Suppose you’re driving down the block when someone gently bumps the rear of your vehicle, creating a traffic accident. Both of you exit your cars to inspect the damages, and it seems to be modest, with only minor scratches on each of the vehicles. Both of you shrug it off and dismiss it as a minor inconvenience. So both of you leave the scene. And you drive off, relieved because you avoided having to deal with insurance.
Unexpectedly, a patrol car comes to a halt in front of you. When you stop, the law enforcer arrests you for leaving an accident scene, which is a violation. Then you realize that you believed a total stranger who in turn reported you to the police for a hit and run. According to their report, all injuries and damages were entirely your responsibility.
Although this could be an uncommon occurrence, it could happen. In view of the potential risk of a personal injury lawsuit, there’s always a need to report any vehicle accidents you’re involved in to protect yourself. And here’s why you should:
You’re Required To Make A Report By Law
A record of the report that you make with the police is proof of abiding by the law; this is because it is standard for drivers in most states to promptly notify the local police whenever they’re part of a collision that causes damage, death, or injury via the fastest means possible.
A Police Report Will Conceive Cause And Effect
A further rationale to record the accident would be because an official police report may assist in establishing a correlation or connecting your accident with the damages you want to be compensated for by the insurance.
Suppose you don’t report your accident to the police to verify that the said collision happened (and that you sustained injuries at about the same time); the underwriter of your insurance may doubt the legitimacy of that claim.
Understand that insurance providers will seek just about any reason to doubt your claims so that it’s neither acknowledged nor settled. Don’t make it easy for the insurance firm to take advantage of that. Since dealing with insurance adjusters is a complicated process, hiring a competent attorney can be beneficial in the long run.
Accident Reports May Tell Who Is Liable
An official police report also may contain crucial information as to who authorities suspect was responsible for the accident and how they made the accident happen. You can use this report to strengthen your argument when making a claim.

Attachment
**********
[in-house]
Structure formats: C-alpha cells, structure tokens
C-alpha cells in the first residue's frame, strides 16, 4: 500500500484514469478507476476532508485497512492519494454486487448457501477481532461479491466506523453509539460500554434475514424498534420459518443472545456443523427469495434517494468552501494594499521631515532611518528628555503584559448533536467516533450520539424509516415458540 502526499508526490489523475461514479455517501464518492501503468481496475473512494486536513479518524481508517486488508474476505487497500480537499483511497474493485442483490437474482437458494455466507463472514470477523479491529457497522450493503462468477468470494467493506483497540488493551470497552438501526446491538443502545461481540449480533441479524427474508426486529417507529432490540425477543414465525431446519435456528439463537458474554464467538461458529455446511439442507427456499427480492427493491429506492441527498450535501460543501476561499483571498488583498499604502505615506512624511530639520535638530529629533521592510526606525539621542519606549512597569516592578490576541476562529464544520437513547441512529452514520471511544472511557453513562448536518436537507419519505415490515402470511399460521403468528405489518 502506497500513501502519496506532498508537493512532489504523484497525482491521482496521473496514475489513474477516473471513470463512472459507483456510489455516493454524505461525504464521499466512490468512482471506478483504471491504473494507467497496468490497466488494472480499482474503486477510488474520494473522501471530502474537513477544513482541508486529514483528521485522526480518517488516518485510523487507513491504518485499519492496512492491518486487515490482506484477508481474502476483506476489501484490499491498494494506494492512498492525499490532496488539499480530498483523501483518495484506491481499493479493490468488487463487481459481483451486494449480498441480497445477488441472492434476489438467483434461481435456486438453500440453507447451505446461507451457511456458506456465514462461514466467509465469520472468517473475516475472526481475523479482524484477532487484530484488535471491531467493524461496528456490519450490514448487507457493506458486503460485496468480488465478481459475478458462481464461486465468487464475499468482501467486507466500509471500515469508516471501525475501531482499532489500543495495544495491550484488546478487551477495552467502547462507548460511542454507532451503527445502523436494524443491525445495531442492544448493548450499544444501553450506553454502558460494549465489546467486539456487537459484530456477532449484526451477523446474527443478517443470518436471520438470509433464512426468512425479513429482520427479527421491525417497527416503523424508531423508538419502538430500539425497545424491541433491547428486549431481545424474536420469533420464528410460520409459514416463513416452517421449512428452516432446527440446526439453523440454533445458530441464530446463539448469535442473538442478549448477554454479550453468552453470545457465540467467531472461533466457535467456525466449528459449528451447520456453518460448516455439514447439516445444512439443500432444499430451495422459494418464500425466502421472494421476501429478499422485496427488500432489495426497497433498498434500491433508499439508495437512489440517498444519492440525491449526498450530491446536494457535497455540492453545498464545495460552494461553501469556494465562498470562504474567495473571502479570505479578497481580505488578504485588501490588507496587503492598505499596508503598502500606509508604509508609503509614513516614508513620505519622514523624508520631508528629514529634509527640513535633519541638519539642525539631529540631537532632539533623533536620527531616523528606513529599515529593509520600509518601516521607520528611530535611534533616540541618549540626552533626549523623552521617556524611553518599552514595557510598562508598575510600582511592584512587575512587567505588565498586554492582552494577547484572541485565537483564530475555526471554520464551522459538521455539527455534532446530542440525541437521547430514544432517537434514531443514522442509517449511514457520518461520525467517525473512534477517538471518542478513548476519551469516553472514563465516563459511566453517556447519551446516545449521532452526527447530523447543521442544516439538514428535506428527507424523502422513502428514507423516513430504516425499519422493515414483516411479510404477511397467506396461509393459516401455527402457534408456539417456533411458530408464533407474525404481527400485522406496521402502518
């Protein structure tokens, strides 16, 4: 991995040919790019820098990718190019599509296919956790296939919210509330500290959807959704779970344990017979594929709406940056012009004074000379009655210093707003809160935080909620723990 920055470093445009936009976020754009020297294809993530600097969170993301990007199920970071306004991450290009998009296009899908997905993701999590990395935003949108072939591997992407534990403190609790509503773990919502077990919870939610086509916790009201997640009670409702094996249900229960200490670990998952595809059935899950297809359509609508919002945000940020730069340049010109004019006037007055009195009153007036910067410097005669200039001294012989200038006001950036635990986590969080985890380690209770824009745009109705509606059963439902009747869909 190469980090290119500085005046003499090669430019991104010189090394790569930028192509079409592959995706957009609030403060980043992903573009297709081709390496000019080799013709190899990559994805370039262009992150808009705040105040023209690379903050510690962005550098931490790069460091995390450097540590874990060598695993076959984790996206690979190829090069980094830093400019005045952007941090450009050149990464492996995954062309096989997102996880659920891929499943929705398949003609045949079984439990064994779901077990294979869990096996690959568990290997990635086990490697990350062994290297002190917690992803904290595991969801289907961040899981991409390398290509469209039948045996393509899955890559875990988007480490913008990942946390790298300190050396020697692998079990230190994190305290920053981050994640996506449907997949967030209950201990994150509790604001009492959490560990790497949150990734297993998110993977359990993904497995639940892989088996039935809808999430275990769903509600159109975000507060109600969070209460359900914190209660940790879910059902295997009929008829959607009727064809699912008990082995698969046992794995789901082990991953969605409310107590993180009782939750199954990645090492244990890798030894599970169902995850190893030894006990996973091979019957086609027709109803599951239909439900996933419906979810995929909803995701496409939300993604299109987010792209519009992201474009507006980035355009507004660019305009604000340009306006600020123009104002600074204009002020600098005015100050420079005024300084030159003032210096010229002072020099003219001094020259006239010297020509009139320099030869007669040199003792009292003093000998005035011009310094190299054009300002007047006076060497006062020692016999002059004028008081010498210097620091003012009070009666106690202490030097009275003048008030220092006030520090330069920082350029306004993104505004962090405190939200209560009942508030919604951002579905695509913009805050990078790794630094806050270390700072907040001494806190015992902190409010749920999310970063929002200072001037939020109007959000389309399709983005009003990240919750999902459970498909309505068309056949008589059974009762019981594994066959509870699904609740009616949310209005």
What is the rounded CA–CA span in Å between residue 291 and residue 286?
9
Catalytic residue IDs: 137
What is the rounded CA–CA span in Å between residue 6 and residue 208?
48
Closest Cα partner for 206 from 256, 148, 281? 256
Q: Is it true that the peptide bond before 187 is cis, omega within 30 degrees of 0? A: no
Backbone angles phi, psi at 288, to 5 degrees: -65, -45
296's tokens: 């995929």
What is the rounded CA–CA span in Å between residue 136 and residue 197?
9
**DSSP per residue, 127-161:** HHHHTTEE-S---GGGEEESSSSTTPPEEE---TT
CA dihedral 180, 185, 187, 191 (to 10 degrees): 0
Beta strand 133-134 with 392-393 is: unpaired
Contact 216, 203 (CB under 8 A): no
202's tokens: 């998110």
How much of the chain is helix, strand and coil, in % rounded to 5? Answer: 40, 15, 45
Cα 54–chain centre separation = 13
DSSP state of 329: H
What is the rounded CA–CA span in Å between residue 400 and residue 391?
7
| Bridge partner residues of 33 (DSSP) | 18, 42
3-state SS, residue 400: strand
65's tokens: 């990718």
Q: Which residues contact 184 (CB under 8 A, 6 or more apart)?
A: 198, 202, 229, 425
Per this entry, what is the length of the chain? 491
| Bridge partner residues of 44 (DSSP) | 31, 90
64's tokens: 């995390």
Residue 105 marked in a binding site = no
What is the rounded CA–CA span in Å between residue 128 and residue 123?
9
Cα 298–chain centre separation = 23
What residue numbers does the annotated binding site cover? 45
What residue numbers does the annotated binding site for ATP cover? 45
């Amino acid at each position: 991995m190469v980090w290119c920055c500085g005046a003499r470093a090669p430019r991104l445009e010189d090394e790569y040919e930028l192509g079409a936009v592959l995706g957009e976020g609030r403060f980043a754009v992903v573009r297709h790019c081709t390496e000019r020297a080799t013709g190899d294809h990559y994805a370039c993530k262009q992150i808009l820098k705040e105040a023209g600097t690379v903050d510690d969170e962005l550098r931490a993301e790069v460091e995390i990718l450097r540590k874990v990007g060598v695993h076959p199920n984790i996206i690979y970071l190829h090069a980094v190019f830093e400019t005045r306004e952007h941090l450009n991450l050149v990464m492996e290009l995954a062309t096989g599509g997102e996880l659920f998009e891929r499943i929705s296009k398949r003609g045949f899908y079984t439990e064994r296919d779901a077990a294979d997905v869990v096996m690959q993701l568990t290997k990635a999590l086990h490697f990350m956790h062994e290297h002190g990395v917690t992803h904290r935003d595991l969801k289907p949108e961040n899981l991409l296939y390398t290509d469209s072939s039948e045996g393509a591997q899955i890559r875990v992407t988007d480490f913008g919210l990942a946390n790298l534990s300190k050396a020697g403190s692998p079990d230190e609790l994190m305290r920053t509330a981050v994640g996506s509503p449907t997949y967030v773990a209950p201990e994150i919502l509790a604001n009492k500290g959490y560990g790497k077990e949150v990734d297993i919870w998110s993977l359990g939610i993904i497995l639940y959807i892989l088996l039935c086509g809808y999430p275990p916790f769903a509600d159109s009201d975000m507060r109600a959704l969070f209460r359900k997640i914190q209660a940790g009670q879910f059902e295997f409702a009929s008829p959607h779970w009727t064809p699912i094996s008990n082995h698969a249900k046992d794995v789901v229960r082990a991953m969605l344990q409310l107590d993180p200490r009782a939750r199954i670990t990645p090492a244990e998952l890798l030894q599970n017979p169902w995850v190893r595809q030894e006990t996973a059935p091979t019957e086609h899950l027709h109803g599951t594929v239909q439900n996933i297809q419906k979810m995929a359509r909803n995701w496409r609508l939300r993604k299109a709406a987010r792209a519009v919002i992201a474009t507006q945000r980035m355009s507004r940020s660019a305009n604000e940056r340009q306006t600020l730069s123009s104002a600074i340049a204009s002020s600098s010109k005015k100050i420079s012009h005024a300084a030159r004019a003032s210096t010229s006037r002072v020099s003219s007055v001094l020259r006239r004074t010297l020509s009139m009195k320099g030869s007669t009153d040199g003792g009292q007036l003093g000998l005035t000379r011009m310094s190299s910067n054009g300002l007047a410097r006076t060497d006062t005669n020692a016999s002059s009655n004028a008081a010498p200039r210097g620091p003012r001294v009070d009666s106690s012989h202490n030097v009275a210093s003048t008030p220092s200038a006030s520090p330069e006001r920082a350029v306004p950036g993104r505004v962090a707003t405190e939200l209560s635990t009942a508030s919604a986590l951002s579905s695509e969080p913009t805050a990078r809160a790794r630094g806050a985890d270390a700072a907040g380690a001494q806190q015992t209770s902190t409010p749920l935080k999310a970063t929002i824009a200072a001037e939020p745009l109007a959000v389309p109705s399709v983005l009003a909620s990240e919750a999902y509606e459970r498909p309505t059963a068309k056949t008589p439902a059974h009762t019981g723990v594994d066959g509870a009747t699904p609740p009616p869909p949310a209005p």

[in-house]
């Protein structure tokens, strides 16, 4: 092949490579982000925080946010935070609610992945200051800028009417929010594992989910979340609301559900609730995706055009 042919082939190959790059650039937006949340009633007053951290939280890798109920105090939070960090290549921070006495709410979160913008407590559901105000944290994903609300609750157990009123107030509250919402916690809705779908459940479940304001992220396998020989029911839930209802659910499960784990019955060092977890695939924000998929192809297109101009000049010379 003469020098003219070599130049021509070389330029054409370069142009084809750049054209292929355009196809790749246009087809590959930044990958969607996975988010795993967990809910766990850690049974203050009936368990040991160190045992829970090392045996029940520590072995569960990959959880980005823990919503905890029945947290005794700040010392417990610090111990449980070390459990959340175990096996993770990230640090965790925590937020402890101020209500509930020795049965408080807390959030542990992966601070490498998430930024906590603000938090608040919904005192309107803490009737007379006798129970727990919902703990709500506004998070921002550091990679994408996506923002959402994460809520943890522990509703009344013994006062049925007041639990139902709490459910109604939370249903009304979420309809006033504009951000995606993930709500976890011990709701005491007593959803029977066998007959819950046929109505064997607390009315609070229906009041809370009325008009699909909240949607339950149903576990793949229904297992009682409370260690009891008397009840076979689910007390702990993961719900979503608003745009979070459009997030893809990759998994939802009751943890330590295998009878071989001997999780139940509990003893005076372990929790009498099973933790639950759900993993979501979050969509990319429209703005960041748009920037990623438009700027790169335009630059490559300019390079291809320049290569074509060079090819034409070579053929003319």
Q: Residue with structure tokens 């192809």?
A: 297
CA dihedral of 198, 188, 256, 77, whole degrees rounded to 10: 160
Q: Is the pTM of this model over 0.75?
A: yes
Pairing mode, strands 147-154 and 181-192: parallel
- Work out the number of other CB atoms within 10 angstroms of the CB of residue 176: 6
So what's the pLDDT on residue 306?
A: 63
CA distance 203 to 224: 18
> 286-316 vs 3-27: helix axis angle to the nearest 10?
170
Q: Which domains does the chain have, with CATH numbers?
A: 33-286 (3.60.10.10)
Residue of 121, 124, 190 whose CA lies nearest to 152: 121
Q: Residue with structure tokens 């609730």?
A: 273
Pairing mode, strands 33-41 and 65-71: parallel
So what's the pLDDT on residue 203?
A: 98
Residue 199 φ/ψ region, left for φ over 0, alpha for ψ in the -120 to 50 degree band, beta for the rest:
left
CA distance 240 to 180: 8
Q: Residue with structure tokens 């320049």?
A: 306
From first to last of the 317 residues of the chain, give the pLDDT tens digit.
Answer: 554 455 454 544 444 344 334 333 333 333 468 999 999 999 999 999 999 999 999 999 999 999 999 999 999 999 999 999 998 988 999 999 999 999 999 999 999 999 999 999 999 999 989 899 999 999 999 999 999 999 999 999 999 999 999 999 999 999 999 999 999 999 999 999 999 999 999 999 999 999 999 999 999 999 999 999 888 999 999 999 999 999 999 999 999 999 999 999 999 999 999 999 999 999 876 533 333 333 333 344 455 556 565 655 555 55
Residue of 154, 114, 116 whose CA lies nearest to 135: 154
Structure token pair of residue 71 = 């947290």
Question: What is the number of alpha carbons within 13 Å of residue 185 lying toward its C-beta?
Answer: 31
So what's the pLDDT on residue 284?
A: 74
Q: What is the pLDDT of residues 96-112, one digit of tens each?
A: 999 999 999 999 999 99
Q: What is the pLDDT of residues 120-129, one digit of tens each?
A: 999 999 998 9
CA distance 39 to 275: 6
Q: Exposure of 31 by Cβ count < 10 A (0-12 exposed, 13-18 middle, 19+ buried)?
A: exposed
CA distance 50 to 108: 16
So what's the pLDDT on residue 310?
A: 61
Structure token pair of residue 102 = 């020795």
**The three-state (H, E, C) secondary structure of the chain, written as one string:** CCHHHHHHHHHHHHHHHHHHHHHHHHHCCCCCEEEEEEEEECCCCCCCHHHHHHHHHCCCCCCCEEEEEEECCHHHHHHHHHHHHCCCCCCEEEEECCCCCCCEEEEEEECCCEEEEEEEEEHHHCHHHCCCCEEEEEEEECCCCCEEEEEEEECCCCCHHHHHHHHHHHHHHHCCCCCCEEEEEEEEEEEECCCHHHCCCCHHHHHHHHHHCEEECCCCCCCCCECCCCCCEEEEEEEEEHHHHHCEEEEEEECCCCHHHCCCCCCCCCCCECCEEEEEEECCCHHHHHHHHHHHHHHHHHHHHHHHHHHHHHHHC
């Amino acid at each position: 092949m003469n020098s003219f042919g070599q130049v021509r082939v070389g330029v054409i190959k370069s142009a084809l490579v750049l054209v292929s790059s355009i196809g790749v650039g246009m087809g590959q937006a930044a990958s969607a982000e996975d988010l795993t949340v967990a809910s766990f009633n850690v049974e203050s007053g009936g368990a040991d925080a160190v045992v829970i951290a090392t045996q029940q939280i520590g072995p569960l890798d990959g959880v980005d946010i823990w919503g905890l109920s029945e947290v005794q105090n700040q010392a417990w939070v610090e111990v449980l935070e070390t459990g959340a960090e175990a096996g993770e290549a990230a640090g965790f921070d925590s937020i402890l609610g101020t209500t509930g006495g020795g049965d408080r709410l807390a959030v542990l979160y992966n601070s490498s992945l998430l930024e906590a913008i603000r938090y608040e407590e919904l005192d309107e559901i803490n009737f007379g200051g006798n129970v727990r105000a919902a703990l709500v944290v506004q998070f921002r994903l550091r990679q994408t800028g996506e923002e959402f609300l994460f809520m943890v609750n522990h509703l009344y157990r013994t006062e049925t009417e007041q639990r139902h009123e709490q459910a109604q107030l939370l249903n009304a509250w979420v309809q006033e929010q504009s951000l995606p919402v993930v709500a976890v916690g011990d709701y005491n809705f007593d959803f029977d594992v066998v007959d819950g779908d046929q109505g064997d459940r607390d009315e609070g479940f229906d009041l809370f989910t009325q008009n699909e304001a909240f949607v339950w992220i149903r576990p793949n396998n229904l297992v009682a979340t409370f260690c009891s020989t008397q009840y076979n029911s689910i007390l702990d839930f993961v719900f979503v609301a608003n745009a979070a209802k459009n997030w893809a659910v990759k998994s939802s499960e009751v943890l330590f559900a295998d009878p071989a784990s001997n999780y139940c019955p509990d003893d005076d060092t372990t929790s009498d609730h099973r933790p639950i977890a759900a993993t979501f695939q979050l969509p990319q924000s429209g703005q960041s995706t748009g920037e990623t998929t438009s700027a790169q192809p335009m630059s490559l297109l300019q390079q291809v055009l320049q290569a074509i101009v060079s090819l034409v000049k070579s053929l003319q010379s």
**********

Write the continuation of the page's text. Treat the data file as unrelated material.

Aside from determining responsibility findings, accident reports may cover details of the car damage, severe emergency injuries, location of the accident, time of the incident, witnesses’ names, among many others.
The police may also attach pictures of the crash site and details about who the courts asked to appear regarding the tragedy- an essential fault indicator. All these may be included in the report compiled by the authorities.
Reporting An Accident Saves You Lots Of Time
Whenever an accident takes place, a lot of processes may follow it. For example, you may be forced to deal with the authorities and insurance firms. At other times, your injuries may have warranted hospital admission. All these can prove to be overwhelming for an individual or their loved ones.
You can save a lot of time by promptly reporting accidents for you to focus on recovering mentally, emotionally, and physically. After that, you can resume your everyday life. Additionally, this will ensure that your claim is paid in due time and there are no time loss payments.
Accident Reports Preserve Historical References For Incidents
Whenever an accident happens, timely reporting be an essential way to keep historical evidence of the information. Facts get obscured with time, and memory of specifics fades. Therefore, having references in the form of a report can come in handy and provide more detailed specifics in the future, assuming that the claim takes time to resolve. In other circumstances, they become a baseline for making judgments and recommendations on what needs to be done.
A verbal agreement is meaningless in an accident scene. Only an official police report may count. Consider that your injuries may not immediately be visible. Still, they can become evident in a matter of days- this is common after accidents when you’re under adrenaline that dulls your perception of pain. The driver who caused the accident might deny having injured you if you don’t report it.